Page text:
The Early Modern Commons

Search Results for "Pliny the Elder"

Your search for posts with tags containing Pliny the Elder found 6 posts

The Head of a Roman

For the past few weeks, many news outlets have reported that the skull of Pliny the Elder (Gaius Plinius Secundus, ca. 23-79 CE), the Roman naturalist and statesman who died at Pompeii, has been identified.  The latest story, in the New York Times,...
From: Anita Guerrini on 24 Feb 2020

Painting Plants in Roman Egypt

The illustrated herbal is a genre of pharmacological book known in Graeco-Roman antiquity from at least the first century BCE. The encyclopaedist Pliny the Elder (Natural History 25.8), for example, mentions a number of writers of herbals who provided...
From: The Recipes Project on 20 Jan 2015

Flower power: Cato's medicinal recipes

Marcus Porcius Cato (234-149 BCE) is often presented as the archetypal example of the ancient Roman head of the household taking charge of his family members’ health, the result of claims made by Pliny the Elder (23-79 CE) in his … Continue reading...
From: The Recipes Project on 13 Jan 2015

Sweet as Honey

By Laurence Totelin Yesterday I read some press releases about a fascinating Welsh research project (based at my University: Cardiff University) that will screen Welsh honey for antibiotic properties.  The aim is to find the Welsh answer to Manuka honey,...
From: The Recipes Project on 31 Jul 2014

Horse love pills

By Laurence Totelin In the seventh century BCE, Semonides of Amorgos wrote his now infamous poem on the races of women, each one worse than the next. The mare-woman is perhaps my favourite, the ultimate high-maintenance lady: Another type a … Continue...
From: The Recipes Project on 27 Feb 2014

A recipe fit for a king

By Laurence Totelin One of my favourite characters in the history of ancient pharmacology is Attalus III, king of Pergamum (ruled from 138 to 133 BCE). As a king, he is remembered for bequeathing his small kingdom to Rome at … Continue reading →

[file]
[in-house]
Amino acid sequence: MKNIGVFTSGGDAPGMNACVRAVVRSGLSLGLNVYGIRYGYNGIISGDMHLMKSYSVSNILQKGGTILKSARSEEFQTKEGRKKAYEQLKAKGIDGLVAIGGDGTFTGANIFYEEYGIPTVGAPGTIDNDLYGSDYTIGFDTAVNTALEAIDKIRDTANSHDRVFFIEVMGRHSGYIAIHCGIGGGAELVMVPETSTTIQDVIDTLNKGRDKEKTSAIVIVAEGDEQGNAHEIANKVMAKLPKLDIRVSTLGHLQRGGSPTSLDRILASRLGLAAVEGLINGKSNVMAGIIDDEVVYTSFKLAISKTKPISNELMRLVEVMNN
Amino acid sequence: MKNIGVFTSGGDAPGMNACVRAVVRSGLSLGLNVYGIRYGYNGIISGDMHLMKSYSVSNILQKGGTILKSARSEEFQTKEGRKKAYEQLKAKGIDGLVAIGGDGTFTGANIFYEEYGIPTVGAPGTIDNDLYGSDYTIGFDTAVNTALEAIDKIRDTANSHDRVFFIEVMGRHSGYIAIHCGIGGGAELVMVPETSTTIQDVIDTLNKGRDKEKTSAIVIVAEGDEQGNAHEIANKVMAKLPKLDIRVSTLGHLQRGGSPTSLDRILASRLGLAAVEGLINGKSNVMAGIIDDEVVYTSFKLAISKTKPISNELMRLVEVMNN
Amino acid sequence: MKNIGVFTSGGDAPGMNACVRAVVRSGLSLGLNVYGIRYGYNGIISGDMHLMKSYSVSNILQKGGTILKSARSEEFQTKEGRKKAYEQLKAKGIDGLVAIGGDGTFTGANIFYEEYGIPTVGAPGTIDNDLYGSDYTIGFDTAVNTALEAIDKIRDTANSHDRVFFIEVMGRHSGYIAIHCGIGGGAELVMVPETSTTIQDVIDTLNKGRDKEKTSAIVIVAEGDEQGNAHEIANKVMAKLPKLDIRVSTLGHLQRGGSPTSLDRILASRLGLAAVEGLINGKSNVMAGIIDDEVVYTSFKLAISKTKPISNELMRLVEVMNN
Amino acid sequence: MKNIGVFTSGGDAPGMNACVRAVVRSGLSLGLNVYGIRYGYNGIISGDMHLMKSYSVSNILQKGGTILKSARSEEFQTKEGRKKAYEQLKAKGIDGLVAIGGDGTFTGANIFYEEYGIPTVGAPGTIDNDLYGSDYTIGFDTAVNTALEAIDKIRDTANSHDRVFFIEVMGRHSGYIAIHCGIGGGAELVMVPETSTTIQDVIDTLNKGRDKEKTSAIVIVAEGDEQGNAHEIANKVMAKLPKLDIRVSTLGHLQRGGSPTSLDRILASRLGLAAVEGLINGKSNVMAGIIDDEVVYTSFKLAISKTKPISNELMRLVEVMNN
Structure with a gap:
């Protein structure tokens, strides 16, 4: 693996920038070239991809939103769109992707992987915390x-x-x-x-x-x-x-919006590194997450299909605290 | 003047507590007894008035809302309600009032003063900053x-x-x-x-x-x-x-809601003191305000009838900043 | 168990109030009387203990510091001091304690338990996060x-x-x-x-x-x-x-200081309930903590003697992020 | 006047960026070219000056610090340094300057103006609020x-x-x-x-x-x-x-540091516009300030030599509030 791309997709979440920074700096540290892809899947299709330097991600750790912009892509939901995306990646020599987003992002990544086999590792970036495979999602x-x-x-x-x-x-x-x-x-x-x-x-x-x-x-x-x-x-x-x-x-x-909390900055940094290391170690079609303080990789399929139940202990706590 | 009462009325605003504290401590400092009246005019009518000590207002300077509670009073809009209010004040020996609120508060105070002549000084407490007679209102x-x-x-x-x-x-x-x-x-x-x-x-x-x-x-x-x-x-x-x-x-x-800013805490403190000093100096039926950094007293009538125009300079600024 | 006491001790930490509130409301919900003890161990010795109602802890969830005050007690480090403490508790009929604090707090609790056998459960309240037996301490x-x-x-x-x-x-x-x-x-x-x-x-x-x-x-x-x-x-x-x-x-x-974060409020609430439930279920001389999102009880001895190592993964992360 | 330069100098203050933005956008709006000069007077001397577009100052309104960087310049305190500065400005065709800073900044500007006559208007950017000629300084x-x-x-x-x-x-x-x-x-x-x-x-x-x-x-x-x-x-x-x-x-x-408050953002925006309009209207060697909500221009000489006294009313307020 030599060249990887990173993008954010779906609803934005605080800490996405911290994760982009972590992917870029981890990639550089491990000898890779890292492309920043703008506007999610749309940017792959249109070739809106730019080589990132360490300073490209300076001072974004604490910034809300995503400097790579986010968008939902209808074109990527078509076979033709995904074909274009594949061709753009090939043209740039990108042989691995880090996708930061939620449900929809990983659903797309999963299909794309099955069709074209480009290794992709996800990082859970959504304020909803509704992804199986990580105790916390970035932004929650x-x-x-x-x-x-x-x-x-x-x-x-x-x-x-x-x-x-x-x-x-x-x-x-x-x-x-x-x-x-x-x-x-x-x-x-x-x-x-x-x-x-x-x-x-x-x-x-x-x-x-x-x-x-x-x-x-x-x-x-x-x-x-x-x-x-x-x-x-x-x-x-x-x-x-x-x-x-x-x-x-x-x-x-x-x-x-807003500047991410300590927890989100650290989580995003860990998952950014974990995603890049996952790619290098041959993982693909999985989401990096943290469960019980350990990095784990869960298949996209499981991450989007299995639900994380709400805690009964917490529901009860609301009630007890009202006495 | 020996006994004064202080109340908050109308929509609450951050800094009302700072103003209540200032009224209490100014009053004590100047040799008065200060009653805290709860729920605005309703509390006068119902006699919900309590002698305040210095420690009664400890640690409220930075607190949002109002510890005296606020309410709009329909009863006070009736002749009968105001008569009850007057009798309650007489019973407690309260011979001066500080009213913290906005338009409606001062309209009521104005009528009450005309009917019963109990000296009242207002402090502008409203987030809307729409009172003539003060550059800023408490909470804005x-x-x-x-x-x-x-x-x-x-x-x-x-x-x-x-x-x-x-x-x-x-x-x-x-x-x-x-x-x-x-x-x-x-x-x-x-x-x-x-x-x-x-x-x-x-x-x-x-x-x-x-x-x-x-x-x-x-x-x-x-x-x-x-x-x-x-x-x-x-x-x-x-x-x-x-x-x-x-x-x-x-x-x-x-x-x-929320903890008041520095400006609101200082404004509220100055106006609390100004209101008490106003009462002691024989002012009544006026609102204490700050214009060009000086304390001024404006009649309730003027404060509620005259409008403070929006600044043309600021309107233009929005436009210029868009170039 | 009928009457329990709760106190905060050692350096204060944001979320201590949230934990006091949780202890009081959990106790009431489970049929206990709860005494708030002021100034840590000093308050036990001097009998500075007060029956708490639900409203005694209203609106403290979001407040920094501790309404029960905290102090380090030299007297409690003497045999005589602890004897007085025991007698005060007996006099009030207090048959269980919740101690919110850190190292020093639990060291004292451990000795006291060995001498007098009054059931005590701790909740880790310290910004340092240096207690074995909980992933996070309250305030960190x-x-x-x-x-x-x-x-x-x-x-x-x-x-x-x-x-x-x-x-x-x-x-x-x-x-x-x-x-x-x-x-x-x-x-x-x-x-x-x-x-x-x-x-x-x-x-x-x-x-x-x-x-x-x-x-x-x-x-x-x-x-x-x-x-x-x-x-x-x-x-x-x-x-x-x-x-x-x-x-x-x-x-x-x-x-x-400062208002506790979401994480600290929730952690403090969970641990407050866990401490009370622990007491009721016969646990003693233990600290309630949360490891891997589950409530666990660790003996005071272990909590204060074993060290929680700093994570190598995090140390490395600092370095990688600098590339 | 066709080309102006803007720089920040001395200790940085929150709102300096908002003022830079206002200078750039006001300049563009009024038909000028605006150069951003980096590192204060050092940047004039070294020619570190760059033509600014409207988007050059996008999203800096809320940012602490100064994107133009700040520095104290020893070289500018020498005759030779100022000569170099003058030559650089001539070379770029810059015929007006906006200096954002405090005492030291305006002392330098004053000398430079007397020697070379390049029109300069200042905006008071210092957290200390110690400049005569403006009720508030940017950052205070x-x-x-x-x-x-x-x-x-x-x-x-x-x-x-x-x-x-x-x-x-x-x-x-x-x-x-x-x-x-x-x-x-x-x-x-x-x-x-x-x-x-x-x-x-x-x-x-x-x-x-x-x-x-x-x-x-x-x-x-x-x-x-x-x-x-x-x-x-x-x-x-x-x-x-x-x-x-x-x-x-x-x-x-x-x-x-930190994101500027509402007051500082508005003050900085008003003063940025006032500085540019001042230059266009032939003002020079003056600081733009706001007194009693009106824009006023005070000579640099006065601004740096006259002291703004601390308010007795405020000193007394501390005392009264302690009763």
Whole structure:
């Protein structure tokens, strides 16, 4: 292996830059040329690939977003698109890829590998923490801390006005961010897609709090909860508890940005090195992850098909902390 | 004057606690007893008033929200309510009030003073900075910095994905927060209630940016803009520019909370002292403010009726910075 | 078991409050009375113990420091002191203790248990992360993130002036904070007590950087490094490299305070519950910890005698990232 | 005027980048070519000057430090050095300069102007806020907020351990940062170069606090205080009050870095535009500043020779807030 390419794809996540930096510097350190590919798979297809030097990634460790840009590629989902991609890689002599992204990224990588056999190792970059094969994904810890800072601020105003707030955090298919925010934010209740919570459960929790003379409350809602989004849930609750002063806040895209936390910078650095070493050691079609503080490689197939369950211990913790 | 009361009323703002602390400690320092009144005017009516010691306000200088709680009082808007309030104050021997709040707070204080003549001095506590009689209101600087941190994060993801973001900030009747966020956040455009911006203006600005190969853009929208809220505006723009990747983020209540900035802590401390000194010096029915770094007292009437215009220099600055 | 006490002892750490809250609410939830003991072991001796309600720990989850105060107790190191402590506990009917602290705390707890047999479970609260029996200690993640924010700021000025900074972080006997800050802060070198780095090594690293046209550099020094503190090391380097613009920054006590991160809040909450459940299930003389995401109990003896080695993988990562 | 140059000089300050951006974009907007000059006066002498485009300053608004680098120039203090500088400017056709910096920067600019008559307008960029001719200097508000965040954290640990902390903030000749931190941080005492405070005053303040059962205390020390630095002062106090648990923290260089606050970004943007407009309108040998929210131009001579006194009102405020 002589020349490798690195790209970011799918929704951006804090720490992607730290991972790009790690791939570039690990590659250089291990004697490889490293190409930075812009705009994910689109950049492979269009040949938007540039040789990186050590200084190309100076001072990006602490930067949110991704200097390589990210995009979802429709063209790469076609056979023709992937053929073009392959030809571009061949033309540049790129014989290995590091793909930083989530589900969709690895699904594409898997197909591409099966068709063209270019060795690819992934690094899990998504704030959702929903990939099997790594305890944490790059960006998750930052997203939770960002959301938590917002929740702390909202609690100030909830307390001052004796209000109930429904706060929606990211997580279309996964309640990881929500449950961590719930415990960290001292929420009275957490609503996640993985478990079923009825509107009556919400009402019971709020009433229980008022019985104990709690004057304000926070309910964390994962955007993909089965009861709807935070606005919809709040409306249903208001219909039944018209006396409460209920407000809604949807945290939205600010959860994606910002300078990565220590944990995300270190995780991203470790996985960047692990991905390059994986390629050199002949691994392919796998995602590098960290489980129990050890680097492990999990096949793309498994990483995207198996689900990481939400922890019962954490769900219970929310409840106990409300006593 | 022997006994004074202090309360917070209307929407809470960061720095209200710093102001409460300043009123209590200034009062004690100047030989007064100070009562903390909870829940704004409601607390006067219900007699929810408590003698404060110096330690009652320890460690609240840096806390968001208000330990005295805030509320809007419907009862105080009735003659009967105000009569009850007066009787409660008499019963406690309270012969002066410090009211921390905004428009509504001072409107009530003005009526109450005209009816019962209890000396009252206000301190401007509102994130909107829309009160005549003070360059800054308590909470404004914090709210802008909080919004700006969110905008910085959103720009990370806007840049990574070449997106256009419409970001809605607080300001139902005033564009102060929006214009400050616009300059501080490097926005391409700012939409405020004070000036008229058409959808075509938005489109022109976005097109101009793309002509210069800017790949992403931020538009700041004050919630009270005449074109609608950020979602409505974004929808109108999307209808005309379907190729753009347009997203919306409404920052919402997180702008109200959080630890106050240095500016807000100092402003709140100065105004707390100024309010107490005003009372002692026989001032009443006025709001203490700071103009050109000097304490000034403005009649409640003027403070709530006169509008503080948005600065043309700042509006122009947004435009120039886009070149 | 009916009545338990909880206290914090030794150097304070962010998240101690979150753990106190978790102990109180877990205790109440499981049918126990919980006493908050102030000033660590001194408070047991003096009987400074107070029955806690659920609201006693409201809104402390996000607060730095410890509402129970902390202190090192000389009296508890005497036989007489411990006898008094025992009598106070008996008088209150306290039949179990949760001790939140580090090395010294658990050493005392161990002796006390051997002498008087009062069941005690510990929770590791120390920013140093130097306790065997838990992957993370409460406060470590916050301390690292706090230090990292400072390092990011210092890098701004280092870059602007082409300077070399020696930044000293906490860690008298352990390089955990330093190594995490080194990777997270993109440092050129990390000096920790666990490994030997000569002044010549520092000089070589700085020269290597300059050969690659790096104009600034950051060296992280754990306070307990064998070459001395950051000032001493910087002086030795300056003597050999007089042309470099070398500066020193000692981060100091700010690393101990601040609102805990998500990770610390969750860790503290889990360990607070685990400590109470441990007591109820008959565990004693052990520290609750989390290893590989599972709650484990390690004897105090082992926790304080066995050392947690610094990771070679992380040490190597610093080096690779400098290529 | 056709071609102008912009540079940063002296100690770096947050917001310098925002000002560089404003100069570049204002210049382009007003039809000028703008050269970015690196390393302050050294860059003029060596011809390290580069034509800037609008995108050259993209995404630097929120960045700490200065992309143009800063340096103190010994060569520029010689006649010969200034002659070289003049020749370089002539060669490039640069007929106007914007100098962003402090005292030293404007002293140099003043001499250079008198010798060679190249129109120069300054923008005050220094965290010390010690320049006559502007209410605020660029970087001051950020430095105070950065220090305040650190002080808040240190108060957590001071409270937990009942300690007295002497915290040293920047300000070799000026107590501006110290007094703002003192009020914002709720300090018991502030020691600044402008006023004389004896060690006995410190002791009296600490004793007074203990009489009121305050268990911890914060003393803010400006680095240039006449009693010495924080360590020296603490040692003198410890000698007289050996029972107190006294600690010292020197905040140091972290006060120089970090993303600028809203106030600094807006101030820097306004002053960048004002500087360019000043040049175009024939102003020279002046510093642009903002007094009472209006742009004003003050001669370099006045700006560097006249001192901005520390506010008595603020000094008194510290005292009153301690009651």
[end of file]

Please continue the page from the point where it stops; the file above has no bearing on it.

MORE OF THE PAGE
From: The Recipes Project on 23 May 2013

Notes on Post Tags Search

By default, this searches for any categories containing your search term: eg, Tudor will also find Tudors, Tudor History, etc. Check the 'exact' box to restrict searching to categories exactly matching your search. All searches are case-insensitive.

This is a search for tags/categories assigned to blog posts by their authors. The terminology used for post tags varies across different blog platforms, but WordPress tags and categories, Blogspot labels, and Tumblr tags are all included.

This search feature has a number of purposes:

1. to give site users improved access to the content EMC has been aggregating since August 2012, so they can look for bloggers posting on topics they're interested in, explore what's happening in the early modern blogosphere, and so on.

2. to facilitate and encourage the proactive use of post categories/tags by groups of bloggers with shared interests. All searches can be bookmarked for reference, making it possible to create useful resources of blogging about specific news, topics, conferences, etc, in a similar fashion to Twitter hashtags. Bloggers could agree on a shared tag for posts, or an event organiser could announce one in advance, as is often done with Twitter hashtags.

Caveats and Work in Progress

This does not search post content, and it will not find any informal keywords/hashtags within the body of posts.

If EMC doesn't find any <category> tags for a post in the RSS feed it is classified as uncategorized. These and any <category> 'uncategorized' from the feed are omitted from search results. (It should always be borne in mind that some bloggers never use any kind of category or tag at all.)

This will not be a 'real time' search, although EMC updates content every few hours so it's never very far behind events.

The search is at present quite basic and limited. I plan to add a number of more sophisticated features in the future including the ability to filter by blog tags and by dates. I may also introduce RSS feeds for search queries at some point.

Constructing Search Query URLs

If you'd like to use an event tag, it's possible to work out in advance what the URL will be, without needing to visit EMC and run the search manually (though you might be advised to check it works!). But you'll need to use URL encoding as appropriate for any spaces or punctuation in the tag (so it might be a good idea to avoid them).

This is the basic structure:

http://emc.historycarnival.org/searchcat?s={search term or phrase}

For example, the URL for a simple search for categories containing London:

http://emc.historycarnival.org/searchcat?s=london

The URL for a search for the exact category Gunpowder Plot:

http://emc.historycarnival.org/searchcat?s=Gunpowder%20Plot&exact=on

In this more complex URL, %20 is the URL encoding for a space between words and &exact=on adds the exact category requirement.

I'll do my best to ensure that the basic URL construction (searchcat?s=...) is stable and persistent as long as the site is around.